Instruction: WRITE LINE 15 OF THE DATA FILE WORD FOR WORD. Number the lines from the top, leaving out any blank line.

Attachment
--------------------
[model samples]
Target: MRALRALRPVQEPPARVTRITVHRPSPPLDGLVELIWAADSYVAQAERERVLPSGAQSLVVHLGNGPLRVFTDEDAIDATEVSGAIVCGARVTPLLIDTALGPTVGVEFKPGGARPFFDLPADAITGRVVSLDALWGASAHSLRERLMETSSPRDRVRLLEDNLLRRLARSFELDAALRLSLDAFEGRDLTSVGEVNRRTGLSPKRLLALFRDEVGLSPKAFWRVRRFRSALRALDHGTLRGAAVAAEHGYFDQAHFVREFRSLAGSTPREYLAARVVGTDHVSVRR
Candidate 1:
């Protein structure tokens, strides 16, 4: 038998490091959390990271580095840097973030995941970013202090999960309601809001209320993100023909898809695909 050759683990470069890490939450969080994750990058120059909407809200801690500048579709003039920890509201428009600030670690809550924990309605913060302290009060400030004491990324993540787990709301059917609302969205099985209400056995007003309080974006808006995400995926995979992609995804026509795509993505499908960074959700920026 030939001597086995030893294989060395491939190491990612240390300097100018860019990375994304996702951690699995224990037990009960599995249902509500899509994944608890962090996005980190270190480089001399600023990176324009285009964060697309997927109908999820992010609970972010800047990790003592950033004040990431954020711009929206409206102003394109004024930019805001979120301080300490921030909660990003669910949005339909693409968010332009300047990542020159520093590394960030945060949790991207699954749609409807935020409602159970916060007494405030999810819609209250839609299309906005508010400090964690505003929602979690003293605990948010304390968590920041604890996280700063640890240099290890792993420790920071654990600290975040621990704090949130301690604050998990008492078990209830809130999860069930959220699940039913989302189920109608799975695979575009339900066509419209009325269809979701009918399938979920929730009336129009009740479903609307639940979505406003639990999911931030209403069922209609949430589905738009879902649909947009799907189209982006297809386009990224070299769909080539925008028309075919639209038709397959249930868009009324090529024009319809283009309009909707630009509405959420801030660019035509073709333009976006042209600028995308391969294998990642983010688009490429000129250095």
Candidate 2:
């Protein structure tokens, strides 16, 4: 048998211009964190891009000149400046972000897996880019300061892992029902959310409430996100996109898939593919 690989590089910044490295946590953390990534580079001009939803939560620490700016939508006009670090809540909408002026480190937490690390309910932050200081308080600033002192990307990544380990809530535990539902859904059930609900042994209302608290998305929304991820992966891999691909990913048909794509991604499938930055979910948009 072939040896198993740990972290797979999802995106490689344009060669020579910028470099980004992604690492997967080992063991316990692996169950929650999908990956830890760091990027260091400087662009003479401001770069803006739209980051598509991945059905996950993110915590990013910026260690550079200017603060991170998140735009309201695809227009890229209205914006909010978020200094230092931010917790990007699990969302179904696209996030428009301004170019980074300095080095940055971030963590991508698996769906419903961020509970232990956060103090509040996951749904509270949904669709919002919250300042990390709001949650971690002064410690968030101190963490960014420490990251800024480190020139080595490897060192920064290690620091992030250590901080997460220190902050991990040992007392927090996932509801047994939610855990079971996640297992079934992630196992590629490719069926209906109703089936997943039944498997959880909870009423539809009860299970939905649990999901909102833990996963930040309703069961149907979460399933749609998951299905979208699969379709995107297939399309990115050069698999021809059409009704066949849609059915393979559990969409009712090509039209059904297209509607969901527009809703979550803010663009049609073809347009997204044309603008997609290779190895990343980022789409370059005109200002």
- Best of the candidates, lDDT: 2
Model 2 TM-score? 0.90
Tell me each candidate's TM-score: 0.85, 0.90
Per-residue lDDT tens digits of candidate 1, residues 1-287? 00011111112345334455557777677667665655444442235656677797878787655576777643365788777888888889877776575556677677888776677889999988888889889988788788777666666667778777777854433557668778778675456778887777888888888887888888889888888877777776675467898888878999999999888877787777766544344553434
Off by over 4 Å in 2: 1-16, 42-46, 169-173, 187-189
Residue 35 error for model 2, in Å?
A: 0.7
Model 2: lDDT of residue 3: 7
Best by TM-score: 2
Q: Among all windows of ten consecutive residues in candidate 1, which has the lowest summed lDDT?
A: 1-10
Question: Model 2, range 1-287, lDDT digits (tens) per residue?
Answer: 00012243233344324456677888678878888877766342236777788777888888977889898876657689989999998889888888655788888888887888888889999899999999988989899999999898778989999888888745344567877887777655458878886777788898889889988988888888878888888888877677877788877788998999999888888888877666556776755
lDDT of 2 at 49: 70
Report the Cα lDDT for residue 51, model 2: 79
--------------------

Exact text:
Best by TM-score: 2